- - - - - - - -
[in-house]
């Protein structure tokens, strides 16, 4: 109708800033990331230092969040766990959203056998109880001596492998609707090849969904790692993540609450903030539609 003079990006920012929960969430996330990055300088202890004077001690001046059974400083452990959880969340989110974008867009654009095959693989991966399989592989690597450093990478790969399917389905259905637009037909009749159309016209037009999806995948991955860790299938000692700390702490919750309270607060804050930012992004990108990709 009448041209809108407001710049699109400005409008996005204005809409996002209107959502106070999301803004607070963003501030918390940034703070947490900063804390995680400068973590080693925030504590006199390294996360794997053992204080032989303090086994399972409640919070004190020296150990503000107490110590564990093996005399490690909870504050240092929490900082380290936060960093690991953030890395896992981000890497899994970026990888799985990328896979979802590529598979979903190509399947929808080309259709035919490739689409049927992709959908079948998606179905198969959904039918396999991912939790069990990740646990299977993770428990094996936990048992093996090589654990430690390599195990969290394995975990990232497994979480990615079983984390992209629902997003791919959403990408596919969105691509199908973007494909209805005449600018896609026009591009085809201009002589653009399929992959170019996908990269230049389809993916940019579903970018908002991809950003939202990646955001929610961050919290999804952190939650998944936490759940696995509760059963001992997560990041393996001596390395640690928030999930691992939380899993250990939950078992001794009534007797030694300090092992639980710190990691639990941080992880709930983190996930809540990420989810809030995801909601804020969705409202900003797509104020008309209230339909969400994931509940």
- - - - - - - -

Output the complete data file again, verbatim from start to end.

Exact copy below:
[in-house]
């Protein structure tokens, strides 16, 4: 109708800033990331230092969040766990959203056998109880001596492998609707090849969904790692993540609450903030539609 003079990006920012929960969430996330990055300088202890004077001690001046059974400083452990959880969340989110974008867009654009095959693989991966399989592989690597450093990478790969399917389905259905637009037909009749159309016209037009999806995948991955860790299938000692700390702490919750309270607060804050930012992004990108990709 009448041209809108407001710049699109400005409008996005204005809409996002209107959502106070999301803004607070963003501030918390940034703070947490900063804390995680400068973590080693925030504590006199390294996360794997053992204080032989303090086994399972409640919070004190020296150990503000107490110590564990093996005399490690909870504050240092929490900082380290936060960093690991953030890395896992981000890497899994970026990888799985990328896979979802590529598979979903190509399947929808080309259709035919490739689409049927992709959908079948998606179905198969959904039918396999991912939790069990990740646990299977993770428990094996936990048992093996090589654990430690390599195990969290394995975990990232497994979480990615079983984390992209629902997003791919959403990408596919969105691509199908973007494909209805005449600018896609026009591009085809201009002589653009399929992959170019996908990269230049389809993916940019579903970018908002991809950003939202990646955001929610961050919290999804952190939650998944936490759940696995509760059963001992997560990041393996001596390395640690928030999930691992939380899993250990939950078992001794009534007797030694300090092992639980710190990691639990941080992880709930983190996930809540990420989810809030995801909601804020969705409202900003797509104020008309209230339909969400994931509940």